December 6th, 2008


The secret life of work

Emma Balkind tells me that Tokyo's Tsukiji fish market is to close to tourists. That's fine; when I visited last year I felt two things, really: awe at the vast, vital interior, and a strong sense that I and the other tourists there were getting in the way of the work being done.

I'm glad I saw Tsukiji while it was still open, though. That surreptitious feeling that non-workers shouldn't be there -- in a vast shed filled with intense activity at 5 in the morning -- was definitely part of the thrill. Visiting Tsukiji felt like that other activity in vast, industrial spaces, visiting an art biennial like, say, Manifesta. Joe, Emma, Hisae and I drove a thousand kilometers in August to see the biennial, and I remember the way our spirits lifted when we entered the Alumix smelting plant in Bolzano, this gigantic post-industrial space filled with art, some of it referring to exactly the kind of industrial activities that would once have gone on there.

The most interesting thing I saw at Vienna Art Week last month was the opening of Sharon Lockhart's show at the Secession. Lockhart is an American photographer-turned-artist who's fascinated by workers and workspaces. The centrepiece of her Secession show was a video called Lunch Break, a slow motion pan along a seemingly-endless corridor in some gigantic industrial facility, lined by boiler-suited workers swigging from Thermos flasks and eating sandwiches. At the opening, people were sitting in the darkened corridor built for this video for hours, watching the pan zoom deeper and deeper into the Hadron Large Collider-like corridor of the plant. (A steel plant? Car plant? It's not clear.)

Another video downstairs showed American workers streaming out of the gates of a factory at the end of the working day. Lockhart's title relates to photos she took of a 1989 Duane Hanson installation. In her photographs of art installers working around Hanson's hyper-realist sculptures of workers it's hard to tell who's fibreglass and who's flesh. I was reminded of installing my own show in this same room at the Secession last year -- I arrived at the empty downstairs room and was asked how I wanted it laid out. A small army of workers was put at my disposal to arrange the risers and sound equipment however I wanted it, and for most of the afternoon these men provided the muscle and the technical knowhow to make my whims a reality. During installation, even a post-industrial art space is industrial. But once you've made your wishes known, you feel a bit like a tourist at Tsukiji, even at your own installation.

Workspaces inevitably fascinate people whose closest experience to the kind of scale and feel involved is a big exhibition or the warehouse end of their local branch of Ikea. Lockhart's interest in American workspaces and particularly American workers feels like a slightly transgressive subject, partly because we, the audience, "aren't supposed to be there" watching men at work, partly because the blue-collar worker is a neglected, endangered and almost taboo American subject. This is a time when industrial work has been outsourced from the US to other parts of the world (notably China), and when it looks like an entire sector, the auto industry, may soon disappear, turning tens of thousands of jobs into the hidden, domestic, atomised agonies of unemployment. But there's also a sense that American politics has hidden the American worker too; in the official ideology, the US is a land with entrepreneurs and consumers, not a land with workers, those heroes of America's nemesis, communism.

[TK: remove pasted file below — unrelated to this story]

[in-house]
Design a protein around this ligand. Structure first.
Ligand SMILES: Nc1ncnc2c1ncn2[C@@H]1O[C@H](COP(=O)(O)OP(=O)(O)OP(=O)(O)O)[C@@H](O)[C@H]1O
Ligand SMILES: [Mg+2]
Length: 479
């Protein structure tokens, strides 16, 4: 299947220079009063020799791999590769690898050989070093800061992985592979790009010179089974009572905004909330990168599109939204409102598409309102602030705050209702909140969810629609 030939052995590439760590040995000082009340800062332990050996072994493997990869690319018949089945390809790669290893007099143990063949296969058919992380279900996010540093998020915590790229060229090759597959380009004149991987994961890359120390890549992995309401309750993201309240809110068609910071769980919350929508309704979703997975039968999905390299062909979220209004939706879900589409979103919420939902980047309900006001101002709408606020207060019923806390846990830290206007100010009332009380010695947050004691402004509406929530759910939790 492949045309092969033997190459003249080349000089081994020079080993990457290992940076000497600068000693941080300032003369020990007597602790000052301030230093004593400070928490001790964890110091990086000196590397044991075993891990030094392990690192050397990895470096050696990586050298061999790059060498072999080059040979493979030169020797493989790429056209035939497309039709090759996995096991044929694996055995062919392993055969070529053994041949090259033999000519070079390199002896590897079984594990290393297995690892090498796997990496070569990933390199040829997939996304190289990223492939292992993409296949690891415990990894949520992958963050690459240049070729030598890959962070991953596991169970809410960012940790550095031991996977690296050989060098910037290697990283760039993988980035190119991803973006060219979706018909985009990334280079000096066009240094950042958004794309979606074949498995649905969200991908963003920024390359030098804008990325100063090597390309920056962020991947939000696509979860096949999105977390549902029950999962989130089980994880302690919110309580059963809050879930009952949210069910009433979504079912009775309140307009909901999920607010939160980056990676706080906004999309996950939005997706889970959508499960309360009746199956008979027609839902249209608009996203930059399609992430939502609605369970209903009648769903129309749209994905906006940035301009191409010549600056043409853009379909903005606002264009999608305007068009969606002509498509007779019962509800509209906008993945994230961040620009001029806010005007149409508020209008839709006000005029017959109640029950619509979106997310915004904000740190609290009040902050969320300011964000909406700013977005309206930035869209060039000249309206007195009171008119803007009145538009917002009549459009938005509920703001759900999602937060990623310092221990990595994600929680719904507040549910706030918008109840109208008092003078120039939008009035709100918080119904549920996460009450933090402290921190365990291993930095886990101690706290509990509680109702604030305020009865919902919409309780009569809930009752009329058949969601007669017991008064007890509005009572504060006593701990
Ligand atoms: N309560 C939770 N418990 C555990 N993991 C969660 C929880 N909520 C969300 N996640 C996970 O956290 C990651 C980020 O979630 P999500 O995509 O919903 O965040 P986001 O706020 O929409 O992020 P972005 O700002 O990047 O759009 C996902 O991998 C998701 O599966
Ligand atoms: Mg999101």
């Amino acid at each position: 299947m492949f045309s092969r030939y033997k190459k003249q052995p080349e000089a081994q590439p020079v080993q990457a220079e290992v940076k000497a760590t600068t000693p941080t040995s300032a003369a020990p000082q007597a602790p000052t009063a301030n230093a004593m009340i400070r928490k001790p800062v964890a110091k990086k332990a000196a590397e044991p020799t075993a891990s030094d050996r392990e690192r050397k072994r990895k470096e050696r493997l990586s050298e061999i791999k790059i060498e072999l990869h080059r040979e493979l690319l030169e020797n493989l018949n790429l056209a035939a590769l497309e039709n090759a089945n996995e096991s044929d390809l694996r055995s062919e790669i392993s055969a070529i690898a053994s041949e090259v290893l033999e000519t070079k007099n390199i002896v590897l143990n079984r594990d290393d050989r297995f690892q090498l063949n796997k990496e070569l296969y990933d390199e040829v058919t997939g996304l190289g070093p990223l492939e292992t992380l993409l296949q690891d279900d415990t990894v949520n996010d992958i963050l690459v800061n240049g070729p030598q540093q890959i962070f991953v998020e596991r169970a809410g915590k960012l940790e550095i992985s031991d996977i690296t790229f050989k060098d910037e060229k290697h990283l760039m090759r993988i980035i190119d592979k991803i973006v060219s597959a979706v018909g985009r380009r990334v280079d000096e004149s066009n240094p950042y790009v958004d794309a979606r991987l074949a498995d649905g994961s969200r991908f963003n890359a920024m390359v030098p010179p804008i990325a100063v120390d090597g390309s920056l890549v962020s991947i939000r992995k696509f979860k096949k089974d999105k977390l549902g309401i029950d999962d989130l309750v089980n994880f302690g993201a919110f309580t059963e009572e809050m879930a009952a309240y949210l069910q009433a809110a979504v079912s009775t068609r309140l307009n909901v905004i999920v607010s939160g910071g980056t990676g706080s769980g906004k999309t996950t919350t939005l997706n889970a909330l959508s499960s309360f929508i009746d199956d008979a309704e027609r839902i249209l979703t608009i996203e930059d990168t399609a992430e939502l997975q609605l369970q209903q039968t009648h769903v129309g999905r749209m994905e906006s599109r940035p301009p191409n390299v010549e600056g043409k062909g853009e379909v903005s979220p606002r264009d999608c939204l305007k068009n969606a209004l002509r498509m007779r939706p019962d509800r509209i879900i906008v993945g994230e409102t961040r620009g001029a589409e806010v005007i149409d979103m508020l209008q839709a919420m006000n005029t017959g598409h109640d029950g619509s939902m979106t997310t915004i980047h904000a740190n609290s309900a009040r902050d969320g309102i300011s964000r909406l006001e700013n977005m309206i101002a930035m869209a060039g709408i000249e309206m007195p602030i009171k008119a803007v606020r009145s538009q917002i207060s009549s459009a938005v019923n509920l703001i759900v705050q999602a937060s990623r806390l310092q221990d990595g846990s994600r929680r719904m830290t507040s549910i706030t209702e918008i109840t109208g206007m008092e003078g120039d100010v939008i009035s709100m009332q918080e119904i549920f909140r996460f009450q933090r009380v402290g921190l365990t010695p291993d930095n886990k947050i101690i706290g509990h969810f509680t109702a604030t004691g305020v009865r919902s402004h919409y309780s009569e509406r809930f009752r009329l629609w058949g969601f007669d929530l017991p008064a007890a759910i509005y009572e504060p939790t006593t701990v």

Sure, McCain announced that "the American worker is the best in the world", but this sentiment only emerged as a way to spin his previous statement that "the fundamentals of the economy are strong". In other words, he was using workers as a fig leaf for an embarrassing mis-statement about the economy. A more worker-friendly US would show workers more, and show them in the heroic poses of Soviet posters. Or, at the very least, encourage them to unionize. Imagine American workers given the respect and attention shown to firefighters after 9/11, for instance.

But it's possible that Sharon Lockhart's work has auratic power for the same reason Tsukiji does, and the American worker does: because hidden things can be fascinating. Long before industrialisation, a system of guilds and apprenticeships protected the world of work via a system of hieratic secrecy, and there's still a sense that access to industrial spaces -- secular cathedrals filled with fire, where ore is transformed magically into ingots, and muck into brass -- should be restricted, and knowledge of their processes protected. If Sharon Lockhart's photographs and videos "open a discourse on the idea of the worker, from the museum worker to the construction worker and full circle to the absent artist-worker", there's a sense -- the same sense we get in certain Matthew Barney films -- that work is something sacred, with hidden, private rites that richly reward the post-industrial voyeur even as they make him feel guilty for intruding.